OMLA 2009 Fall Foray
Meigs County, OH. Sept. 19, 2009

The Fall 2009 foray of the Ohio Moss and Lichen Association, organized by Barb Andreas and Ray Showman, was conducted at three locations in Meigs County. Meigs is a border county along the Ohio River in southeastern Ohio that is rural and forested, but unlike several adjacent counties that have 100+ mosses talled, until today only 50 moss species had been recorded from the county. The lichen total, 98 species, is much more representative, but we’re always on the lookout for more. The foray was attended by 13 people, including one participant who was new to our group.

OMLA-Meigs-2009OMLA Fall Foray, Meigs County, Ohio. Sept 19, 2009.

Collecting began at the Meigs County, Bedford twp. Rt. 33 rest stop (southbound). [39.1260 N, 081.7981W]. This is a fairly large mowed area with lots of trees, good for corticolous lichens and mosses. There are known to be at least 20 lichen species here, but to date it hasn’t been inspected for bryophytes.

Barb-Ray-tree-2009Barb and Ray inspect tree for corticolous cryptogams at Rte 33 rest stop. Meigs County, Ohio.

Tree bark is an a great place to see mosses and lichens growing together.

macrolichen-corticolousCorticolous cryptogams at Rte. 33 rest stop in Meigs County. September 19, 2009.

While OMLA’s raison d’etre is to seek and enjoy cryptogams, we occasionally get distracted by vascular plants. In this case, an orchid in fruit (probably Spiranthes vernalis) and a grape fern caught our eye.

JeffCaroleBill-OMLA-Rte33OMLA members Jeff, Carole, and Bill examine an orchid in fruit at Rte 33 rest area in Meigs County.

It was fun to see such unexpected plants in a lawn area. Here’s the grape fern.

Botrychium dissectum MeigsBotrychium dissectum in a lawn area!
Rte 33 rest area, Meigs County, Ohio. September 19, 2009.

Our next two spots were in the Shade River State Forest. For the remainder of the morning we explored Township Road 265 (Number Nine Road) east [39.1195 N, 081.7981 W ]. This is a small, rocky stream channel with shaded rocks and waterfalls.One of the intriguing cryptogams growing here is a “gelatinous” lichen, i..e., one that has a cyanobacteria phycobiont.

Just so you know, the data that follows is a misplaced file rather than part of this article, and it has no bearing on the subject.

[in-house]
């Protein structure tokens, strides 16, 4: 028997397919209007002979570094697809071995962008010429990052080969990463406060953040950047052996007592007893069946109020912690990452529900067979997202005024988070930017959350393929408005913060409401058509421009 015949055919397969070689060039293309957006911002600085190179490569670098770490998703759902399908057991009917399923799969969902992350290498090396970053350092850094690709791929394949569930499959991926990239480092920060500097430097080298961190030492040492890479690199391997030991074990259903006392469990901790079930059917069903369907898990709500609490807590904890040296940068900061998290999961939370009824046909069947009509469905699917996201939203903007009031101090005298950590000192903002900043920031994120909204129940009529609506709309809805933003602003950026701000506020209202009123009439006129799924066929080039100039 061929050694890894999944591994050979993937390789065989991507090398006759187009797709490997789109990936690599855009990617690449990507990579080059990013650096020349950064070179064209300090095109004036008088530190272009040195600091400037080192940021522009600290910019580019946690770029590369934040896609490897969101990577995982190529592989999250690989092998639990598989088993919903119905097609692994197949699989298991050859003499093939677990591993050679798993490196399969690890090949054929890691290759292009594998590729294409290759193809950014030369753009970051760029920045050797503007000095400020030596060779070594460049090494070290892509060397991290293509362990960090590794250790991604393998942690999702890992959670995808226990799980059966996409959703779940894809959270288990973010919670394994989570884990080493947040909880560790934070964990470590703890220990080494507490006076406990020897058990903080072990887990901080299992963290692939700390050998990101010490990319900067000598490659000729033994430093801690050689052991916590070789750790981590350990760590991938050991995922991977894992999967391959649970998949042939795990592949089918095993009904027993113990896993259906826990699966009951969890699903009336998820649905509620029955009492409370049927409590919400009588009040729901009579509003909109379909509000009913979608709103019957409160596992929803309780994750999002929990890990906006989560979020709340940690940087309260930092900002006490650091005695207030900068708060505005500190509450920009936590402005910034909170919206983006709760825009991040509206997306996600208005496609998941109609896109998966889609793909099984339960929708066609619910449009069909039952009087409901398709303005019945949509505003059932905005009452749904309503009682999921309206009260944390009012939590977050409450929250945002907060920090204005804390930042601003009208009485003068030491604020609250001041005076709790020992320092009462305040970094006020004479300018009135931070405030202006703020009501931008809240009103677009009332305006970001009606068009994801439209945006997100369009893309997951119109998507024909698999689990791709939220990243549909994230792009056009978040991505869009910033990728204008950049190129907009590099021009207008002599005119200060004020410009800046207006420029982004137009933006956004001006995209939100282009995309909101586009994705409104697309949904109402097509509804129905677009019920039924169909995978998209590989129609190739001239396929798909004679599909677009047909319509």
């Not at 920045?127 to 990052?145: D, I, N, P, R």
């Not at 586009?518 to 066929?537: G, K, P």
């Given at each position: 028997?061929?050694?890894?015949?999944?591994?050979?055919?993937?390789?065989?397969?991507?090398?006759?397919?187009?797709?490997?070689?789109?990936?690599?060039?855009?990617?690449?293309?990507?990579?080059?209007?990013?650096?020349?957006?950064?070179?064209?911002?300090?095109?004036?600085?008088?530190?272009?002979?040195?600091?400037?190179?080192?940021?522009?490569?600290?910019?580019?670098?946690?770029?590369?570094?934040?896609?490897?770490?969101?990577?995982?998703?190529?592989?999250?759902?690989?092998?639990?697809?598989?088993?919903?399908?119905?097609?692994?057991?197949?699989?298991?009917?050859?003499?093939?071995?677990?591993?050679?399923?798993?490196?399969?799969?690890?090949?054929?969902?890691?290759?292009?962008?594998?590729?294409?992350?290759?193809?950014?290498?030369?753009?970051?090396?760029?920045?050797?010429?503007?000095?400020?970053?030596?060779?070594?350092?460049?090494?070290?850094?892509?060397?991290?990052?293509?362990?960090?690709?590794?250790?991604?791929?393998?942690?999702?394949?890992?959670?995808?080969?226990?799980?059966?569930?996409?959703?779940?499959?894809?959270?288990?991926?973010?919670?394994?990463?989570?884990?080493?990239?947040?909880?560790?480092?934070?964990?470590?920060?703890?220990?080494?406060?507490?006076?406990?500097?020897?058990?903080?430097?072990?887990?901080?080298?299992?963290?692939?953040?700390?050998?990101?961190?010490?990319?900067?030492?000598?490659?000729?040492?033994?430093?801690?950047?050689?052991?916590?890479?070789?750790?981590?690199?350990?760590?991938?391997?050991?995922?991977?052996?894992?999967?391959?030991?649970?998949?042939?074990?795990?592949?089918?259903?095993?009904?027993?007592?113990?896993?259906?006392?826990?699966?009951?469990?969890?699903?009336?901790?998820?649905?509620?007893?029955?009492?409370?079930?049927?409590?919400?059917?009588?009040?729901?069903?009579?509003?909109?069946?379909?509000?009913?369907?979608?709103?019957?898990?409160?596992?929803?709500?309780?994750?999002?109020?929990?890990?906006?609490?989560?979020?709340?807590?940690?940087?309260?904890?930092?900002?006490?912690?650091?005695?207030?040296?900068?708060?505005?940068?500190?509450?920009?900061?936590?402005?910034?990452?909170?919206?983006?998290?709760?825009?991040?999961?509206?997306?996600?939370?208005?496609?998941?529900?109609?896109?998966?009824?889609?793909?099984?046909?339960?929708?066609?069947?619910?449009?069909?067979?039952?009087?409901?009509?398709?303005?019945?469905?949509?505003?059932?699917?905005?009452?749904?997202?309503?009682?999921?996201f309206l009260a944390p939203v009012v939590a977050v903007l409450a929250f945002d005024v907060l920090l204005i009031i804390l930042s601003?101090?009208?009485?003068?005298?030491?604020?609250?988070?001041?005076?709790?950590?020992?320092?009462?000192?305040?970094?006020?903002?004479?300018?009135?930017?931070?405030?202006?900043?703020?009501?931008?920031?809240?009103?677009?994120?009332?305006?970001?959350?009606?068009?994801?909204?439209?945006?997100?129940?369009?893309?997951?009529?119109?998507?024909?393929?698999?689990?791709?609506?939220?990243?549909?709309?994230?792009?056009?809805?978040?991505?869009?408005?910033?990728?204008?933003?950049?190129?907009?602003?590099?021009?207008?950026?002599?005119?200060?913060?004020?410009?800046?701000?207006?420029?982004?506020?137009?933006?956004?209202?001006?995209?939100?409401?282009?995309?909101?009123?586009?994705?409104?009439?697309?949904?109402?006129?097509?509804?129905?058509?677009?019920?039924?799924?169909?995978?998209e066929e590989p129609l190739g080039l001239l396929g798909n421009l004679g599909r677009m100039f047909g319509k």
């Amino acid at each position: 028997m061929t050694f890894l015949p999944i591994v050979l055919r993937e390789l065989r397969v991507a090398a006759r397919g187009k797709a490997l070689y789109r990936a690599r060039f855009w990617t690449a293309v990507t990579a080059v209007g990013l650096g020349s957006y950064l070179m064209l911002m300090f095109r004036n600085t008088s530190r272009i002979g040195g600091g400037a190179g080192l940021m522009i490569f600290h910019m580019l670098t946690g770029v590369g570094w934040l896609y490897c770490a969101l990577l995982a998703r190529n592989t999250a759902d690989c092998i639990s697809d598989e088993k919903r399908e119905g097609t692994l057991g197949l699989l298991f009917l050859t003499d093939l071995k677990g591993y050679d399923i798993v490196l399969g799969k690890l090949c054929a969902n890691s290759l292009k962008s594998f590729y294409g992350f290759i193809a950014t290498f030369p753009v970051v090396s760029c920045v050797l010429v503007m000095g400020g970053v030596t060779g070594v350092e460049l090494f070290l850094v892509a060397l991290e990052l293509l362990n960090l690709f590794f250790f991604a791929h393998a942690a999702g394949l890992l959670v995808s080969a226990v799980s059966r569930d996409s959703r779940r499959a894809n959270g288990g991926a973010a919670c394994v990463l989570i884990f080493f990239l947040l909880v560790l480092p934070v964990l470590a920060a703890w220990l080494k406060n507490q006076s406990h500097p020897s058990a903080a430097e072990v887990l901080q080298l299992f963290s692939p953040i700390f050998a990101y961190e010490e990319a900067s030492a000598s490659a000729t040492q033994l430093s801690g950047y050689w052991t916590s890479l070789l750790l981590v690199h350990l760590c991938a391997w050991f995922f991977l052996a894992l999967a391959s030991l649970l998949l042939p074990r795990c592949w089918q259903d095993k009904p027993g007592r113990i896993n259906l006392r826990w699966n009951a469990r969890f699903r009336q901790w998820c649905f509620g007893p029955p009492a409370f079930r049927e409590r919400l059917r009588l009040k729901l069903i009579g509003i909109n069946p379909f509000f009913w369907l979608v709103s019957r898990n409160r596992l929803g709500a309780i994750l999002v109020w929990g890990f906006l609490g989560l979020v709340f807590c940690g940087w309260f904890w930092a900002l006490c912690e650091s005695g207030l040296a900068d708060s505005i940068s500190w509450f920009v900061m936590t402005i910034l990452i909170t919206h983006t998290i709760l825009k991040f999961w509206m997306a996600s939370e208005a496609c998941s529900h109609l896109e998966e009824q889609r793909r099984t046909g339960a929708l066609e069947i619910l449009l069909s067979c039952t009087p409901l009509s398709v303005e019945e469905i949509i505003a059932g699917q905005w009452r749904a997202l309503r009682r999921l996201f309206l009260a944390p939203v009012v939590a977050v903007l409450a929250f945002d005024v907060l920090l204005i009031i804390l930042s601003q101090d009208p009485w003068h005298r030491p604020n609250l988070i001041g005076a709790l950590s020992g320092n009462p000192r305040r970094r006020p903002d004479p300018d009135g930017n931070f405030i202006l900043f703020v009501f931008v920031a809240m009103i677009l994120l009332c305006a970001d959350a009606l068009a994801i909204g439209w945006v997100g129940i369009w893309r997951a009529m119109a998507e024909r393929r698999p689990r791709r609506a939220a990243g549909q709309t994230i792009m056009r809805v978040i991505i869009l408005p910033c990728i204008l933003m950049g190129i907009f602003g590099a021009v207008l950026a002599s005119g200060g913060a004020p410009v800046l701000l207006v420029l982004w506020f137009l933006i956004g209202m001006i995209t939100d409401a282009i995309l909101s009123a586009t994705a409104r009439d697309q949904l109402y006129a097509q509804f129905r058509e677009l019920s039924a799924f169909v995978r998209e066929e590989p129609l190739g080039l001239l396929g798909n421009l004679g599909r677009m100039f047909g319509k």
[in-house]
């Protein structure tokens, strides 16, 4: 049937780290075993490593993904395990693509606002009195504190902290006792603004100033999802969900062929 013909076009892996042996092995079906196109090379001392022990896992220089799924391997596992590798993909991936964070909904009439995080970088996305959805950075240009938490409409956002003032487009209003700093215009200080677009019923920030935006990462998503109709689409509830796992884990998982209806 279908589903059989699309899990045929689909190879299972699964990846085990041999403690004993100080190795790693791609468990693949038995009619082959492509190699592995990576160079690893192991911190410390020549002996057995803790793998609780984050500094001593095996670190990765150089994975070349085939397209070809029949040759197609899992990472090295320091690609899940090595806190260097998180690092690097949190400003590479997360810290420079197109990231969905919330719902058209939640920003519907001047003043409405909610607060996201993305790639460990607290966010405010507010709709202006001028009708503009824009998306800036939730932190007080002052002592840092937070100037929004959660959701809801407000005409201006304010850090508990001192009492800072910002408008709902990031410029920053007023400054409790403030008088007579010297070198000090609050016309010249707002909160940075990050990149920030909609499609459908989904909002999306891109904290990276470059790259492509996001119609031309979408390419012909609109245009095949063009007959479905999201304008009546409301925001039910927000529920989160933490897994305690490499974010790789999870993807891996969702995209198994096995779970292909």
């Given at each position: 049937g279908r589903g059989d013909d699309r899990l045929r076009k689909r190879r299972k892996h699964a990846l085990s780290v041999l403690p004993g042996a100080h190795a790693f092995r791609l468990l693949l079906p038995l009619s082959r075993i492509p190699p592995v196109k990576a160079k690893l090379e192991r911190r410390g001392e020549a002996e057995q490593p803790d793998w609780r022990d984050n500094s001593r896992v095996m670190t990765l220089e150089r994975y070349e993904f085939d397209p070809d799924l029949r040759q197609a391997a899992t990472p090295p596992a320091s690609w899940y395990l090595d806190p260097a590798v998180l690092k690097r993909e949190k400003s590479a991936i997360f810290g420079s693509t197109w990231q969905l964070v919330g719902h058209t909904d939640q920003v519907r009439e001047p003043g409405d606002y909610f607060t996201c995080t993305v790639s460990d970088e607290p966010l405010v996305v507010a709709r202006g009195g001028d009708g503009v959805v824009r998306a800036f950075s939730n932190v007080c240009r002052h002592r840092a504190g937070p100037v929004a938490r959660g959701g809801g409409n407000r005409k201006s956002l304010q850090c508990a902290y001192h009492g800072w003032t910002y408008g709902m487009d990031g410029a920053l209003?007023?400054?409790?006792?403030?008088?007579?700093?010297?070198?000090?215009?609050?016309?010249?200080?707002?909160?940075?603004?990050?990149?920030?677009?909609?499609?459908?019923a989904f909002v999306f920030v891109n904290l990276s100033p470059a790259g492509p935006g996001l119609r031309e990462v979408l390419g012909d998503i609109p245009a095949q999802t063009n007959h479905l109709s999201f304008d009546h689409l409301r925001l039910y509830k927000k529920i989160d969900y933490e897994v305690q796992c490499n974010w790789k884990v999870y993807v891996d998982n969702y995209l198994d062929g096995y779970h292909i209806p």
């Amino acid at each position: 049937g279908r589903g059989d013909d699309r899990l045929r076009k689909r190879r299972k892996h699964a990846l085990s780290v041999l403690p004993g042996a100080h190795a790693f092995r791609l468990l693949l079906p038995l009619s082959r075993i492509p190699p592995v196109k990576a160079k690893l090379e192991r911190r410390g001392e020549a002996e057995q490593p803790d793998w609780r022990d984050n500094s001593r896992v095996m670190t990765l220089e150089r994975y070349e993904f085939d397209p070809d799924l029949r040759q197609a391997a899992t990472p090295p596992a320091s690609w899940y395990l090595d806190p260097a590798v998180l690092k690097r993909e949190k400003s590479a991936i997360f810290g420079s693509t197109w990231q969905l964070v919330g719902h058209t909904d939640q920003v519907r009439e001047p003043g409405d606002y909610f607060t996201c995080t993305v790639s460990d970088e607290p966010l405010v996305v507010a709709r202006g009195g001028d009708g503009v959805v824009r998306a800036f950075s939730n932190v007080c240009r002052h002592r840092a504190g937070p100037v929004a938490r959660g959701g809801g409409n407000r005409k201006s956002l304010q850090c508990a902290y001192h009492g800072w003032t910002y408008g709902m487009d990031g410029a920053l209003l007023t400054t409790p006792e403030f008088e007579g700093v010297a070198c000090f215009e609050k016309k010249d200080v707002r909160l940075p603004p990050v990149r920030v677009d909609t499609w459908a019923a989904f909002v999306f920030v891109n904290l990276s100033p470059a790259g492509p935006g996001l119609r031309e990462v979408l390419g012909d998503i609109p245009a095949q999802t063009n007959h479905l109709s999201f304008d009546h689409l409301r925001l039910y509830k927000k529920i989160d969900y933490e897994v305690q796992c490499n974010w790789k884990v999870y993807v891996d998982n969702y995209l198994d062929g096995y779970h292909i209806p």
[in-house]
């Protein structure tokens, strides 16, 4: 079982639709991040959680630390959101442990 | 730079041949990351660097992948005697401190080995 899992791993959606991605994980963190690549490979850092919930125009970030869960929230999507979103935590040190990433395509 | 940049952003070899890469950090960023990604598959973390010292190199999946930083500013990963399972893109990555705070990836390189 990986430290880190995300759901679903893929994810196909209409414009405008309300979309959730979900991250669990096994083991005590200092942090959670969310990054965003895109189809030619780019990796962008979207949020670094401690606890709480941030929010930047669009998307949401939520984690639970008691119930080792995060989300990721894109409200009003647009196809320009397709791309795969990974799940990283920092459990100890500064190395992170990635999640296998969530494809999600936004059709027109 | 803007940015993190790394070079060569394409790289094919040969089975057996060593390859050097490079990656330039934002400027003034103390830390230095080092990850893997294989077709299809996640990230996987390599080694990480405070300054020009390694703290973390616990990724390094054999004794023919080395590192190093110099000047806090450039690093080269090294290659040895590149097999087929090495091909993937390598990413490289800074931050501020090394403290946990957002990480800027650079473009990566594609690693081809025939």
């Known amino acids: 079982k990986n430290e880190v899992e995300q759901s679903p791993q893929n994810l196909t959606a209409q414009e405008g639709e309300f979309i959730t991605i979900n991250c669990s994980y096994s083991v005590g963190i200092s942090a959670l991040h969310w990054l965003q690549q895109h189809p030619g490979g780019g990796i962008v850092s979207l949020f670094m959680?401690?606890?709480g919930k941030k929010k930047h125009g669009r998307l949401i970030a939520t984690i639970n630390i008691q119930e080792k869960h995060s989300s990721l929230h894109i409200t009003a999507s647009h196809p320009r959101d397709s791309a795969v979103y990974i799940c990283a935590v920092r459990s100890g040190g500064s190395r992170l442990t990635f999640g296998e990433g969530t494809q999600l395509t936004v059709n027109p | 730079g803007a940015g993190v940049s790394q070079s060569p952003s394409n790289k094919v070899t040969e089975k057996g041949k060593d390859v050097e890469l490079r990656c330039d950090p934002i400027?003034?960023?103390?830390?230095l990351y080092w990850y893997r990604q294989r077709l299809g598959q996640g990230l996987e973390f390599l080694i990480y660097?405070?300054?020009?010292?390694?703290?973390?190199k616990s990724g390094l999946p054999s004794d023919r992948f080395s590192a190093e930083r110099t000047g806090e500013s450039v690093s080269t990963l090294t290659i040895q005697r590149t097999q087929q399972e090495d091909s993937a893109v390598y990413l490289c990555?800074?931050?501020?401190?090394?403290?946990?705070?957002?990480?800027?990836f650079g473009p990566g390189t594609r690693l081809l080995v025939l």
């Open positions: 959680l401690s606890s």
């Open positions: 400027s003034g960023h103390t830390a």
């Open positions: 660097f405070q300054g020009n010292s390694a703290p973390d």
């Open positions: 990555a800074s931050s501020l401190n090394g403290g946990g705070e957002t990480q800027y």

gelatinous lichenGelatinous lichen at Shade River State Forest. September 19, 2009.

The area included some bluff-like sandstone boulders that harbor lichens and bryophytes.

sandstone-cliff-OMLA-Shade-Sandstone cliff at Shade River State Forest. September 19, 2009.

The afternoon was spent at another location within the Shade River State Forest, a spot along Rice Run Road north. [Meigs County, Olive twp., NW ΒΌ sect. 30. 39.1788 N, 081.8190 W]. Here much of our time was spent examining saxicolous species on boulders in and alongside Rice Run.

RayCaroleJeff-creekey-OMLA-OMLA foray participants at Rice Run, Shade River State Forest. September 19, 2009.

The rocks are home to each of the three major groups of bryophytes. At one time these were regarded as classes within Division Bryophyta, but now they are seen as separate Divisions unto themselves.

A hornwort (Division Anthocerotophyta):


Hornwort on the rocks (with a twist of lemon?) at Shade River State Forest. Sept. 19, 2009.

…a leafy liverwort (Division Marchantiophyta):

leaft liverwortA leafy liverwort at Shade River State Forest, Meigs County, Ohio. Sept. 19, 2009.

…a thallose liverwort (Division Marchantiophyta):

thallose liverwortThallose liverwort at Shade River State Forest, Meigs County, Ohio. September 19, 2009.

…and finally, a moss (Division Bryophyta):

acrocarpus moss An acrocarp moss at Shade River State Forest. September 19, 2009.

Another moss, distinctive in that it has a persistent protonema, was seen growing on bare soil brought up by a wind-thrown tree.

moss with persistent protonemaMoss with persistent protonema and reduced gametophyte at Shade River State Forest. Sept. 19, 2009.

…as usual, it is thrilling to see special vascular plants. Here’s one –a non-yellow goldenrod! Silverrod, Solidago bicolor, is a woodland species with creamy white flowers.

Solidage bicolorSolidago bicolor at Shade River State Forest.

Most OMLA forays include not only a field trip, but some focused lab identification time as well. For our Meigs foray, the identification work was done on a separate Saturday a couple months afterwards. Held November 14 at the OSU Herbarium and hosted by Cynthia Dassler, the lab day also served as a workshop for learning gcryptogam identification, as well as a chance to work on challenging specimens from other sites.

OMLA workshop 2009Cryptogam workshop and Lab ID session for the Meigs County Foray. November 14, 2009.

OMLA workshop lichensLichen identification at the cryptogam workshop.

OMLA workshop mossesMoss identification at the cryptogam workshop.

For complete species lists from the OMLA fall foray, see the 2009 OBELISK at the NEWSLETTER page.